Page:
Chris Christie is finding himself increasingly embroiled in a scandal over the September closure of two of the George Washington Bridge's three lanes connecting Manhattan to Fort Lee, N.J. At heart is the question of whether a Christie appointee (and high school buddy) had the lanes closed in order to punish Fort Lee's Democratic mayor for not endorsing "The Governor."
The initial reason given for the lane closures was a traffic study — but this justification lost credence on Monday when the chief Port Authority of New York and New Jersey official said that no such study had been conducted. What's more, the political appointee and Christie friend who had ordered the partial closure of the bridge, David Wildstein, resigned on Friday, raising questions as to whether the order was given for political purposes.
Responding to questions on the matter, Christie was dismissive, sarcastically telling one reporter that "I moved the cones, actually, unbeknownst to everybody."
Christie brought Wildstein into his administration as a top Port Authority official in 2010. But the two go back much further. Wildstein, who founded the political website PolitickerNJ, and Christie were just a year apart in high school. A 2012 profile of Wildstein in The Record newspaper said figured "prominently" in Christie's effort to change the Port Authority.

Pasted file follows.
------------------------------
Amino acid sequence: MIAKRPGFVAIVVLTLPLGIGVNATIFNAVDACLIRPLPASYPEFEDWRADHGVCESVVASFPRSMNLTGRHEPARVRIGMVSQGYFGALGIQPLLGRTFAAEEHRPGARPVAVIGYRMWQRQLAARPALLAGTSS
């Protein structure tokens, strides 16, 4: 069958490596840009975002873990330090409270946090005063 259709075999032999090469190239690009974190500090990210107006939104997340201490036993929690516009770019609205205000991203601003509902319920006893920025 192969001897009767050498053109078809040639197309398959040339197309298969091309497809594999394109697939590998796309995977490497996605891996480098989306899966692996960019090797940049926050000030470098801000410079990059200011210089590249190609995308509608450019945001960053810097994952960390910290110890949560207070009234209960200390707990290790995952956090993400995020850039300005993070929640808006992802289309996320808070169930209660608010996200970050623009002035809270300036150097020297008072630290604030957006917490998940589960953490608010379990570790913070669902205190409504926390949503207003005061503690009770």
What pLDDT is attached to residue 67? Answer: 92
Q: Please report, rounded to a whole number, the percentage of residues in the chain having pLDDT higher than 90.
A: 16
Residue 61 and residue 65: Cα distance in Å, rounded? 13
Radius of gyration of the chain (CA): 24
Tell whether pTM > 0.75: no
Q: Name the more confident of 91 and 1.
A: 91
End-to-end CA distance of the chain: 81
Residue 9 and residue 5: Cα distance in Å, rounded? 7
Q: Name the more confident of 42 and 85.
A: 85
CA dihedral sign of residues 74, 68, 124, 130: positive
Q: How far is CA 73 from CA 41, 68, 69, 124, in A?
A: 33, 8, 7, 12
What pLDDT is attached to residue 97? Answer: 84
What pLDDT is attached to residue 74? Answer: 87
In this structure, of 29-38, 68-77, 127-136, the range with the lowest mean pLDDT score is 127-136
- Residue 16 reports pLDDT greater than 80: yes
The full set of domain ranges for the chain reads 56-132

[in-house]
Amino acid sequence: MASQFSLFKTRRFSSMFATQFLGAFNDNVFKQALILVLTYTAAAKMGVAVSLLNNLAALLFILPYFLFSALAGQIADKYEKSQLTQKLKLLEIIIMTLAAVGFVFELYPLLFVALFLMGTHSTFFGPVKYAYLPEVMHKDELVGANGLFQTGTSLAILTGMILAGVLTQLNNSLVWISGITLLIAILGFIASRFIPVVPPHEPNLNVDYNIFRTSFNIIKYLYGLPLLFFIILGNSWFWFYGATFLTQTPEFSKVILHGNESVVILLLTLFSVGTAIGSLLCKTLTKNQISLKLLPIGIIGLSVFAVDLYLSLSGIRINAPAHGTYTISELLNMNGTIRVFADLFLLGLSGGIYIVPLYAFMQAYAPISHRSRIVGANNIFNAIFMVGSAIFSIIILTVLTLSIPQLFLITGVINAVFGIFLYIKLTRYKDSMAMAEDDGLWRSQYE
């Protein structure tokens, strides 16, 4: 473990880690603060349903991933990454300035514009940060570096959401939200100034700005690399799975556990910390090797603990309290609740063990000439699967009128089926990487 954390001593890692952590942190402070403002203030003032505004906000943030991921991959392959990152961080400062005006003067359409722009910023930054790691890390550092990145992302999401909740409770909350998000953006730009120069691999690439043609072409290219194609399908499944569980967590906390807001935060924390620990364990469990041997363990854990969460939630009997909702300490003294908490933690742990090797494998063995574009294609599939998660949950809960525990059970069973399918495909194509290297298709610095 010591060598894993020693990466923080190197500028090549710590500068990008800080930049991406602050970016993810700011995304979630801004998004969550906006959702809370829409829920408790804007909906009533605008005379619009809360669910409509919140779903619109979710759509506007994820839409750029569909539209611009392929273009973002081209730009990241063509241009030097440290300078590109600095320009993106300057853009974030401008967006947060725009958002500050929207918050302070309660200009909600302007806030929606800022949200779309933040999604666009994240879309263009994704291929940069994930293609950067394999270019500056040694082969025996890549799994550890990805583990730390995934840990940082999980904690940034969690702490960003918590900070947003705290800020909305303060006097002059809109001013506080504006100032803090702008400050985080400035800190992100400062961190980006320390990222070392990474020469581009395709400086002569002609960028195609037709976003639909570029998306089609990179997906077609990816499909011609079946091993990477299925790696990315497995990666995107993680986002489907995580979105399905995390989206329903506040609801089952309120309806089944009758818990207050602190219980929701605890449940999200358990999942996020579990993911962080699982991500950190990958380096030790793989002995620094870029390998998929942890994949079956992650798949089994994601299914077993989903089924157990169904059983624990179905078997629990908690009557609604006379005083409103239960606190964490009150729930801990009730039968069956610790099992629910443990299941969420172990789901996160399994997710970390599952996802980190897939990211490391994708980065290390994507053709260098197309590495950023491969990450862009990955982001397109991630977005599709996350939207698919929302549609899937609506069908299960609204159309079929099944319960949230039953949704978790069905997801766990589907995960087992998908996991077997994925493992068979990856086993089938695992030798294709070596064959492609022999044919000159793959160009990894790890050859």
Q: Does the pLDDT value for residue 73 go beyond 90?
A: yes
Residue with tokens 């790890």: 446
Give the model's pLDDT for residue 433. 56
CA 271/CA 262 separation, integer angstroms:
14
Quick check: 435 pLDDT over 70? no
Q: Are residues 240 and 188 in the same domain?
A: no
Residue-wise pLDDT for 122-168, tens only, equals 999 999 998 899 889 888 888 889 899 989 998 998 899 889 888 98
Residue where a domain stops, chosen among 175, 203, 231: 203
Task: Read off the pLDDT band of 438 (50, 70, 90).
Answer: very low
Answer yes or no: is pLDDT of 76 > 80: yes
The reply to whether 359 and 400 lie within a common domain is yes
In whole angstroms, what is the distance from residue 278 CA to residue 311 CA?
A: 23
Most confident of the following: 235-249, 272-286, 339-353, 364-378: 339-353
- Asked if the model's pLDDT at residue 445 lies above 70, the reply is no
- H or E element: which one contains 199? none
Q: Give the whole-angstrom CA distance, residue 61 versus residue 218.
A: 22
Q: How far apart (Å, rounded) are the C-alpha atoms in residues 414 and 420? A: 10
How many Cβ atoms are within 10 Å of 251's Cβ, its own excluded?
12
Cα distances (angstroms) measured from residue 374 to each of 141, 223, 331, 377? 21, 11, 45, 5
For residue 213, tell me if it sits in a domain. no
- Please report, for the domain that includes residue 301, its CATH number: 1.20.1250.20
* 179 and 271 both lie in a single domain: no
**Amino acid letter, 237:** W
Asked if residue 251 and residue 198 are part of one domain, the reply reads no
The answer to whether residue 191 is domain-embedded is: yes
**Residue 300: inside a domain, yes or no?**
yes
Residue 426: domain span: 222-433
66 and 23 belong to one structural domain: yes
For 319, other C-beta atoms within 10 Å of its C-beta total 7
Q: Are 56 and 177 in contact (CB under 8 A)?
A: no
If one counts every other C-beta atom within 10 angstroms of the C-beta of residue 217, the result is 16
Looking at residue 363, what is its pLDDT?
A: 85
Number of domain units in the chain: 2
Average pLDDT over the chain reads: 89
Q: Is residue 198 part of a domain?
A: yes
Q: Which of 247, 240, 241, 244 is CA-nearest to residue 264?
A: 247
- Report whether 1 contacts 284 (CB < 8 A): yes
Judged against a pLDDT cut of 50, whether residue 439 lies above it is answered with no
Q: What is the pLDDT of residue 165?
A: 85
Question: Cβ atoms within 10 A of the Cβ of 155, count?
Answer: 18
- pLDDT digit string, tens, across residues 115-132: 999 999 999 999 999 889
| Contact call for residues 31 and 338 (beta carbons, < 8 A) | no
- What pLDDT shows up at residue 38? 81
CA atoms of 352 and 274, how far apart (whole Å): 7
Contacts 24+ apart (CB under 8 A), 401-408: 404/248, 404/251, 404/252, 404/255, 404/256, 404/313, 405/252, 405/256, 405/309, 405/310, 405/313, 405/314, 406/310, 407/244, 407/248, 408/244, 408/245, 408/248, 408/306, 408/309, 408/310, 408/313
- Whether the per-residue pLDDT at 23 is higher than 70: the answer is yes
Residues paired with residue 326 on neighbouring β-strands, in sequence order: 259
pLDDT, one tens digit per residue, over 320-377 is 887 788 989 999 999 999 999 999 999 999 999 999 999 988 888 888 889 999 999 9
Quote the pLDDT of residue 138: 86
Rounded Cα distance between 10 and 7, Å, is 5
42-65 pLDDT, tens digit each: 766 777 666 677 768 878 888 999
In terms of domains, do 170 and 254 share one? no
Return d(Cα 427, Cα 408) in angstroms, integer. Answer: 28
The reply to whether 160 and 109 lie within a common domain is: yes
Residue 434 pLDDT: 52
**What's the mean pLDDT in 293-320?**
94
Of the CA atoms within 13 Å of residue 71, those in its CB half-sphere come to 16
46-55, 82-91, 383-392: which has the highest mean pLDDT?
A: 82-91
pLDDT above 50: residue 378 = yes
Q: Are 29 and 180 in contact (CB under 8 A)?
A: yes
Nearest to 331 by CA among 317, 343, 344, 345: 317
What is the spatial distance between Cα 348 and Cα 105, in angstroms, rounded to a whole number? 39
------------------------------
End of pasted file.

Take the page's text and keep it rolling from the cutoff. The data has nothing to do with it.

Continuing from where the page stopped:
"Longtime employees ... privately describe a man intent on carrying out a political agenda rather than one built on reform or improving the region's transportation system," wrote the paper.
Wildstein ordered the closures on Sunday, Sept. 8, according to The Wall Street Journal. The move created a "horror story" of traffic jams in Fort Lee the next day -- the first day of school in the borough -- with cars backed up into local streets. The access lanes reopened on Sept. 13, upon the orders of the Port Authority's executive director, Patrick Foye, an appointee of New York Gov. Andrew Cuomo (D).
Fort Lee's Democratic mayor, Mark Sokolich, wrote on Sept. 12 to Christie's top appointee at the Port Authority, Bill Baroni, saying he believed Wildstein's actions were "punitive," although he has since backed off that accusation.